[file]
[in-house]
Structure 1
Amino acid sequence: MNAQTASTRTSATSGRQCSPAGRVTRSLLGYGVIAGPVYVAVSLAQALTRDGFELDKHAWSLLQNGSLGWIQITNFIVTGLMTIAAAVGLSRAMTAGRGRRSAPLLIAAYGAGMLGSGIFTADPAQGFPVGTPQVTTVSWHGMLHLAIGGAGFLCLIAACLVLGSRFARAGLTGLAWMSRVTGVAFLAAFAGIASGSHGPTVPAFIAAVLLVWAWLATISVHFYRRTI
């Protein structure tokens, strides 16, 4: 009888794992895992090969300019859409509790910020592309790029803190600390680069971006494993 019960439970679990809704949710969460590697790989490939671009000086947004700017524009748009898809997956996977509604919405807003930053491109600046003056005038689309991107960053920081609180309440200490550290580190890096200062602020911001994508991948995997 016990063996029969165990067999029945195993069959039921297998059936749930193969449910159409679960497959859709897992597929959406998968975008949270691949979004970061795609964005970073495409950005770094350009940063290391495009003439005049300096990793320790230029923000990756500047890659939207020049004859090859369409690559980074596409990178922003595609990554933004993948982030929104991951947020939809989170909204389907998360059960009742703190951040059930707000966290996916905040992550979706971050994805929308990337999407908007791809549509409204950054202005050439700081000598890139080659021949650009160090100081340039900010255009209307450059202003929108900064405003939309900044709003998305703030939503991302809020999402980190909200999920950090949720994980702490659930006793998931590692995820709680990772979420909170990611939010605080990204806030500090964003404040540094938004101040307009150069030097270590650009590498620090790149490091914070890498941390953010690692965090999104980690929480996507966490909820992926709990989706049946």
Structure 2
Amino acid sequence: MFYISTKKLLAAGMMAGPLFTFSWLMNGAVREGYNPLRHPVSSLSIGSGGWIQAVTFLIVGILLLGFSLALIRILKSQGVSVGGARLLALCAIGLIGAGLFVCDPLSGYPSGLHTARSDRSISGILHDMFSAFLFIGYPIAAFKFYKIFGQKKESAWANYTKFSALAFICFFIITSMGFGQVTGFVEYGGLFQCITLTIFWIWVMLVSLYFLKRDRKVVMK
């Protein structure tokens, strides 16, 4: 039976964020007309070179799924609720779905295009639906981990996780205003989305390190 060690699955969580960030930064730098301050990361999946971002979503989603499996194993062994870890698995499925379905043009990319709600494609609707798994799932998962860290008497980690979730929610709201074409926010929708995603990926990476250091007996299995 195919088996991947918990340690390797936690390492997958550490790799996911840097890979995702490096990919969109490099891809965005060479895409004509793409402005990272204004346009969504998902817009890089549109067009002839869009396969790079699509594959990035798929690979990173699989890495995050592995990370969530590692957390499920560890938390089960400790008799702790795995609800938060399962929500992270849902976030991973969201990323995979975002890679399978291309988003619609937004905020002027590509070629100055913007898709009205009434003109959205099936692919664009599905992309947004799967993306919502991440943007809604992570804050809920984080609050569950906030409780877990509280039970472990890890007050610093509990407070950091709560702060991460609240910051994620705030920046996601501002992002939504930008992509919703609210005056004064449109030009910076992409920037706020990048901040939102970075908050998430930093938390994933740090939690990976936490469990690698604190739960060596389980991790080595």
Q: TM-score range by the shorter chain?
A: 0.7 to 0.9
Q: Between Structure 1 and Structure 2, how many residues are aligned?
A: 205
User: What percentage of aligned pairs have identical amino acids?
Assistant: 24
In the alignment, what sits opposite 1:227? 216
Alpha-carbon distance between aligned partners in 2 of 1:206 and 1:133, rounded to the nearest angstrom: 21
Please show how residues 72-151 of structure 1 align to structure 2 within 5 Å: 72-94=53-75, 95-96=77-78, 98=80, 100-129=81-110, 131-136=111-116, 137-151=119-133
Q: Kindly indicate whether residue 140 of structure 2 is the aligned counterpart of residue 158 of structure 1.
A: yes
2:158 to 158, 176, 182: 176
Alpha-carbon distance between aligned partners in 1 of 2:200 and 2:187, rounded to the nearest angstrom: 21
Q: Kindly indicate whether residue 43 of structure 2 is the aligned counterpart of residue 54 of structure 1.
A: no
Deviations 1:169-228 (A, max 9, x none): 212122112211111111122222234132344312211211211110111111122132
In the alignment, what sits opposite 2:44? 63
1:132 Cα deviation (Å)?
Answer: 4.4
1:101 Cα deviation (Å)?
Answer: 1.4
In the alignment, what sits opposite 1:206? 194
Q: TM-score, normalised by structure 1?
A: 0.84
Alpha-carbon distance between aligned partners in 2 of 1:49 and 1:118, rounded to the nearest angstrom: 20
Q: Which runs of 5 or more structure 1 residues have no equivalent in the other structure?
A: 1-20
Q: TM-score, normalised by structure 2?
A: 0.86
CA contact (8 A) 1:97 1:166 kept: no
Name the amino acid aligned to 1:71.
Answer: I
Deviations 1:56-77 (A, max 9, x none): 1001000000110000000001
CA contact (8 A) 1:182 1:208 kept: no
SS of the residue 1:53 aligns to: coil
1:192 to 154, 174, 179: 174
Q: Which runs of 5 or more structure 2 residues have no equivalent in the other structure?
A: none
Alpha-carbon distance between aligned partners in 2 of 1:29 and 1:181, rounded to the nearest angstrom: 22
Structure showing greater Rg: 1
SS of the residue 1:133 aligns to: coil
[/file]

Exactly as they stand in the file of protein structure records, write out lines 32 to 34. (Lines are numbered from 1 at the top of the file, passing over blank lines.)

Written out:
Alpha-carbon distance between aligned partners in 2 of 1:49 and 1:118, rounded to the nearest angstrom: 20
Q: Which runs of 5 or more structure 1 residues have no equivalent in the other structure?
A: 1-20